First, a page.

Police board gets earful over proposed budget
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This article was published 22/11/2019 (1292 days ago), so information in it may no longer be current.
Two starkly different views on police budget cuts were presented at a Winnipeg police board meeting Friday; with those opposed saying safety must be paramount and those in favour arguing the money could be better spent.
Several individuals argued for a freeze or reduction in police funding; they said the money should be spent to address the causes of crime or improve civic services such as transit and leisure facilities and parks.
In contrast, members of the Indigenous community appealed to the board to restore proposed police cuts, arguing initiatives are desperately needed.
“Police consume an irrational amount of resources in our city and these costs are not sustainable,” said Kevin Walby, an associate professor of criminal justice at the University of Winnipeg. He said at the current rate of increases, the police service budget would account for 50 per cent of civic spending in 25 years.
Walby said statistics show that policing doesn’t make the city safer or reduce crime but causes social harms that should be eliminated.
In contrast, John Drabble, the secretary-treasurer of Bear Clan, said police presence is desperately wanted in the North End.
“People want, above everything else, to have security,” Drabble said. “Just like everyone else, they want their neighbours to feel safe, they want to feel safe.”
A week ago, Winnipeg police told the police board that the proposed two per cent cap on its $301-million budget would result in the elimination of 34 police position and 25 cadets, a reduction in traffic enforcement and the elimination of crime prevention initiatives.
Police Chief Danny Smyth recently announced an increase in violent crimes required the service to reallocate resources. That necessitated the temporary closing of district police stations and moving officers from Project Devote, a national joint task force with the RCMP that probes cases of slain and missing Indigenous females.
The police board and police executive will use the public feedback gathered Friday to possibly modify the four-year budget plan at a Dec. 6 meeting.
Diane Redsky, with the Ma Mawi Wi Chi Itata Centre, said the budget threatens the critical partnership police have established with Indigenous organizations.
Hilda Anderson-Pyrz, with the Manitoba Keewanitnowi Okimakanak, urged the board to restore funding to Project Devote.
Restoring funding and staffing for Project Devote, Anderson-Pyrz said, “is critical to bring justice to families…Although protecting the city is important, finding the perpetrators is equally important to create safer environments.”
Individuals from the community group Winnipeg Police Cause Harm, argued police funding should be eliminated entirely as they see the police as the greater threat to public safety.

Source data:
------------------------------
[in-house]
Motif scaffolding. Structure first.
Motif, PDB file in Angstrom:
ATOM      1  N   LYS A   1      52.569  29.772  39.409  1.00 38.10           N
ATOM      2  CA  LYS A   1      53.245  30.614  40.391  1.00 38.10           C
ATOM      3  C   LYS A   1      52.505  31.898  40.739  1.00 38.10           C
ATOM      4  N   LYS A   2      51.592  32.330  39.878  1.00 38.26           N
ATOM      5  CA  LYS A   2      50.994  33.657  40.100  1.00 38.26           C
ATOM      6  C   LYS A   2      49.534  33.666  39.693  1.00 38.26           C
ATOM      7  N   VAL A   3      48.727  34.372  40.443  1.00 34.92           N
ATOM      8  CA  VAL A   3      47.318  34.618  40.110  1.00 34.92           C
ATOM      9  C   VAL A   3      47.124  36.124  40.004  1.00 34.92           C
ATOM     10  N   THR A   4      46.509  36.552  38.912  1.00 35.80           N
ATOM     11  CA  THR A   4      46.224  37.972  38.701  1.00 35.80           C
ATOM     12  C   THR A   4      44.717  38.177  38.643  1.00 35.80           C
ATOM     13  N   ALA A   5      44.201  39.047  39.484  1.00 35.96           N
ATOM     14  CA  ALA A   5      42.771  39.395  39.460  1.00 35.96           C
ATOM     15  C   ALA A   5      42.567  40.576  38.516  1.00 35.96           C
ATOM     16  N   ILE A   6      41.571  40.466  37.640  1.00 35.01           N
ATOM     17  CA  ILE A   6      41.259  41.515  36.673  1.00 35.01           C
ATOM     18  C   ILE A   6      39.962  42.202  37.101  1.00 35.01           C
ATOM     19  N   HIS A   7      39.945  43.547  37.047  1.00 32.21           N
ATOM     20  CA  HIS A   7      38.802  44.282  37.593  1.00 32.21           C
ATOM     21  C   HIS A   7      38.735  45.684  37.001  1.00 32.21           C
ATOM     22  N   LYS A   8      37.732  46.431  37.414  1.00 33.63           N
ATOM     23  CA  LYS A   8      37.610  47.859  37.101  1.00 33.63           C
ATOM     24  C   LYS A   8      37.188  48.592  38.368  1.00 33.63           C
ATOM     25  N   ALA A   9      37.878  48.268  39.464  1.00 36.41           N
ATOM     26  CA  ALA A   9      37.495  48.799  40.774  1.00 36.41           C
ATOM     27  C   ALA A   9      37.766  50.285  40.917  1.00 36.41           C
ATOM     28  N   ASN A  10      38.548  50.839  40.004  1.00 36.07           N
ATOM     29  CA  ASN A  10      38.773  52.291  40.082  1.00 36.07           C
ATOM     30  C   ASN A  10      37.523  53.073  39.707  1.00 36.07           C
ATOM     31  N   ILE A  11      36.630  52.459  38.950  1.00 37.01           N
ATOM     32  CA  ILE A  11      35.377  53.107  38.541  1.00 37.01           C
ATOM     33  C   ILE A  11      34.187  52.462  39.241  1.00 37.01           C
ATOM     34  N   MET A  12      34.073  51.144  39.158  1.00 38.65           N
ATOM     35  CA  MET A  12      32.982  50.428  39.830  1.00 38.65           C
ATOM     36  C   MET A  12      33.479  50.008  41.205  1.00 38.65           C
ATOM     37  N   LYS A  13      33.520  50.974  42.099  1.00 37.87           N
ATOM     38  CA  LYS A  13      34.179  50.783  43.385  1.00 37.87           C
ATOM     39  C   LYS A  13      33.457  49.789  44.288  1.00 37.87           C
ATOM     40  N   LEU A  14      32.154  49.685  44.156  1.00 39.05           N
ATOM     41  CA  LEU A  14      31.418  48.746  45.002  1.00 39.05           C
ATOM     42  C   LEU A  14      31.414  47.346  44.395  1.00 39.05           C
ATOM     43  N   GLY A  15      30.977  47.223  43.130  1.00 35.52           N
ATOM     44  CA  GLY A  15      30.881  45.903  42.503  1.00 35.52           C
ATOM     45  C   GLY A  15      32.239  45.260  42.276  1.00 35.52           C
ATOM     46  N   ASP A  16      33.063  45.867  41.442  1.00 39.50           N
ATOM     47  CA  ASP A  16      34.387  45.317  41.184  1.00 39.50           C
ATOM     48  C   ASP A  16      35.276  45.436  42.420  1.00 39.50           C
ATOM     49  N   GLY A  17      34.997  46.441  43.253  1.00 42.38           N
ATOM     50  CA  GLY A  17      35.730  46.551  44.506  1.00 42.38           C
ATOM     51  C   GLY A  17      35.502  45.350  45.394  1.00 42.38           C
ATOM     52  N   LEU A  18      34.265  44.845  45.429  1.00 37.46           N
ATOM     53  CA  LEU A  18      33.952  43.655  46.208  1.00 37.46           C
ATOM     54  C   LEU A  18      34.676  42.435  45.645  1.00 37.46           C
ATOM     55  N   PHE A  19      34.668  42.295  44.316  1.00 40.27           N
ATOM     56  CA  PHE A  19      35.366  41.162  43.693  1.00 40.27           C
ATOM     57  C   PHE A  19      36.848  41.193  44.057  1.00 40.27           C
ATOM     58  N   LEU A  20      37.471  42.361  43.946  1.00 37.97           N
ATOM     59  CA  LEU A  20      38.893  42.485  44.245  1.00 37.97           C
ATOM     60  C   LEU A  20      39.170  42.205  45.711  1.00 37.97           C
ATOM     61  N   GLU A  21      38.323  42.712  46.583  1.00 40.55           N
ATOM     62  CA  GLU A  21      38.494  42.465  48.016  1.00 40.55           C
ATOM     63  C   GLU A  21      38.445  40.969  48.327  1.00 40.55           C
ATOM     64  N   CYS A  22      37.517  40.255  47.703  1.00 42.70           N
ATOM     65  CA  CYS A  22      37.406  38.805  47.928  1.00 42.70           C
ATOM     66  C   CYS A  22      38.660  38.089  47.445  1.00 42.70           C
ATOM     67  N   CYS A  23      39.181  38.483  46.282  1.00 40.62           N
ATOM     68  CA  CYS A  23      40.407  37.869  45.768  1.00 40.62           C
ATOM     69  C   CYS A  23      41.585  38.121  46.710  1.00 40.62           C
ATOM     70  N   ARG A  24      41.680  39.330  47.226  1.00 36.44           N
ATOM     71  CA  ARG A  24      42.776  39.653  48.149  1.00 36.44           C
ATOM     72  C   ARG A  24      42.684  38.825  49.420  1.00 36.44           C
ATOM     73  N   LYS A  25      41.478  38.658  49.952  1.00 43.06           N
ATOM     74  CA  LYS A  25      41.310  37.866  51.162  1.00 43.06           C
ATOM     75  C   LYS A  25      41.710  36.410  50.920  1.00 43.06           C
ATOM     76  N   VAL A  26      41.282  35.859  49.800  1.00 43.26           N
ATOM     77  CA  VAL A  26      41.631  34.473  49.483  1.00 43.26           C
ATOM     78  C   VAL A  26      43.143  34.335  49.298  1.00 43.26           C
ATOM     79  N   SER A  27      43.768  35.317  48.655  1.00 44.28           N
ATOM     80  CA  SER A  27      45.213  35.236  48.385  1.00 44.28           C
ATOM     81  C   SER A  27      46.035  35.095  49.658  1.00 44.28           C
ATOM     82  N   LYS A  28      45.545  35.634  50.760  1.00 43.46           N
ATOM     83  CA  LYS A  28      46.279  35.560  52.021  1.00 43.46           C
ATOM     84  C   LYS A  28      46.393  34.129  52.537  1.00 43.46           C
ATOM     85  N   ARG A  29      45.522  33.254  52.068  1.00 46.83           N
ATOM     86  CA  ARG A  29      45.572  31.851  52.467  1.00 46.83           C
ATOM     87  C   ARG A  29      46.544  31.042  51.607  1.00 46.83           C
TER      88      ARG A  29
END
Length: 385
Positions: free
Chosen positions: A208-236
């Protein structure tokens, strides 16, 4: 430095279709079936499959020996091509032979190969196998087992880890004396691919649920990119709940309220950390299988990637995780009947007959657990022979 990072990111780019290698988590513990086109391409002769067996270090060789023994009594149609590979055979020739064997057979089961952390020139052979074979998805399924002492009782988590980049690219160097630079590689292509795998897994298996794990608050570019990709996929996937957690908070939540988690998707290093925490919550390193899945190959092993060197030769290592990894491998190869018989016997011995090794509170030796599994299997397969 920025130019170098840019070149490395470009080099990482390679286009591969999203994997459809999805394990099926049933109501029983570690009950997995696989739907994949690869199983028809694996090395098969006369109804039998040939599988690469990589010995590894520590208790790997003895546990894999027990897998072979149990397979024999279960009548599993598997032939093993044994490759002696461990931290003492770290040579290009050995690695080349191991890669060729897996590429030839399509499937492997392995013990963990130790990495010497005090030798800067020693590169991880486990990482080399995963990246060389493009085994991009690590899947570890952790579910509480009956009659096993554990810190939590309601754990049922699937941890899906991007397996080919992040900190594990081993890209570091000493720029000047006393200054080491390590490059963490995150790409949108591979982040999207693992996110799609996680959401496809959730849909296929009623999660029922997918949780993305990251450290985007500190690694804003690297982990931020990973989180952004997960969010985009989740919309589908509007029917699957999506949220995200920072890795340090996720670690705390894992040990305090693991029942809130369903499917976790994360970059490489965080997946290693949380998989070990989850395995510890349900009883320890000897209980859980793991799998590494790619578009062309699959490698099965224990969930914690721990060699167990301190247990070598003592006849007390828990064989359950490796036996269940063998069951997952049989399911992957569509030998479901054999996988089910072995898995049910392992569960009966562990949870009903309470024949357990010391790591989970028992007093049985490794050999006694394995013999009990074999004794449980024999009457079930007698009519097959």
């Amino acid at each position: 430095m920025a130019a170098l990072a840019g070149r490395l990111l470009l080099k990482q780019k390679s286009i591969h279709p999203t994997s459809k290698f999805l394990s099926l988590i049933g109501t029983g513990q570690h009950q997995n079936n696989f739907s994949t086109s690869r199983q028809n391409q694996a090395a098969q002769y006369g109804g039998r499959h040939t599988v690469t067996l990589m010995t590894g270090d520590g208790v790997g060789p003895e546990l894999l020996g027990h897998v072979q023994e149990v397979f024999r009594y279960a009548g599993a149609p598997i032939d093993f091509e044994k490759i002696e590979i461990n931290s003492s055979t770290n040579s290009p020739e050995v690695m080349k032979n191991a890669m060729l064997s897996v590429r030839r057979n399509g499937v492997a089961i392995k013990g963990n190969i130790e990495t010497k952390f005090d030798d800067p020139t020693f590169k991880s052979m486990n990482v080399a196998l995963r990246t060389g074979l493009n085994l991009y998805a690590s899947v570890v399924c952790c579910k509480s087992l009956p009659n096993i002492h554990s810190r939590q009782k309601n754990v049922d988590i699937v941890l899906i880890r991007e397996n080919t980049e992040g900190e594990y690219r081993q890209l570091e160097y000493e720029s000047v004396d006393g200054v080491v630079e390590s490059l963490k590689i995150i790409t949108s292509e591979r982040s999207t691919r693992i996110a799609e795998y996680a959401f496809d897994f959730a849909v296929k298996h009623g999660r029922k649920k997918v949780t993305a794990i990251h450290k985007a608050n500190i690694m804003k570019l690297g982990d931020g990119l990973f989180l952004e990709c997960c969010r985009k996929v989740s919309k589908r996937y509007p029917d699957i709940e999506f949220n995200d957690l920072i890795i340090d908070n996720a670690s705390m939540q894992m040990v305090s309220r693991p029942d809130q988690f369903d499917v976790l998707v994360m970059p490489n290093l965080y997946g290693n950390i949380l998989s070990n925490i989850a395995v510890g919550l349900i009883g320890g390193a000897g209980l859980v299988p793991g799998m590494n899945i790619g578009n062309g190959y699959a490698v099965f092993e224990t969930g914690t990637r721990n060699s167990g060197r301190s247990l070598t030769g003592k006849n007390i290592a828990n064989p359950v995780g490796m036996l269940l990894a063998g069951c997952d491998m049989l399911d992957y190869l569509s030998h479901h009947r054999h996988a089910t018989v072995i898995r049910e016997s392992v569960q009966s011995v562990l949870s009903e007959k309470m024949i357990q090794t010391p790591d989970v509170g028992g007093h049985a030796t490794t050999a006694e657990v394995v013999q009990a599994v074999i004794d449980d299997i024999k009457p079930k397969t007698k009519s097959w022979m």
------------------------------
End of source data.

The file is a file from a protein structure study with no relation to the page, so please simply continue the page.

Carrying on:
“The police as an institution were not created to reduce poverty, economic inequality, mental health crises, affordable housing, addiction supports and colonial racism,” said Nathan Loewen. “No city council or municipal body that wants to take reconciliation seriously should (consider) increasing the police budget.”
Board member Damon Johnston, president and CEO of the Aboriginal Council of Winnipeg, said concerns raised by the public point to the need for systemic change.
“It’s clear to me that what we’re doing now isn’t working very well,” Johnston said. “If we don’t change, we’ll end up like Mexico.”
Smyth said he believes criticism of police is rooted in frustration with the social problems that seem to have overwhelmed the city, but stressed police can make a positive difference when provided the time and resources to work with community groups.
“One of the things I don’t like about this (budget) process is that it’s become very divisive and adversarial,” Smyth said. “People who really believe in social justice and social services (are) feeling threatened because those budgets are being cut. It’s being presented as almost an either-or, and I really don’t think it’s an either-or, both of those things needs to happen. I don’t think the policing and social services are a mutually exclusive thing.”
Police board chairman Coun. Kevin Klein said criticism of police reflects the frustration of people who don’t believe governments are taking the appropriate steps to address desperate social issues, but added that’s not the fault of police.
Klein said he supports boosting the police budget with the savings made from changes to the police pension. In a narrow vote Thursday, council approved removing overtime from pensionable earnings; the measure will save more than $12 million annually, once it is fully implemented.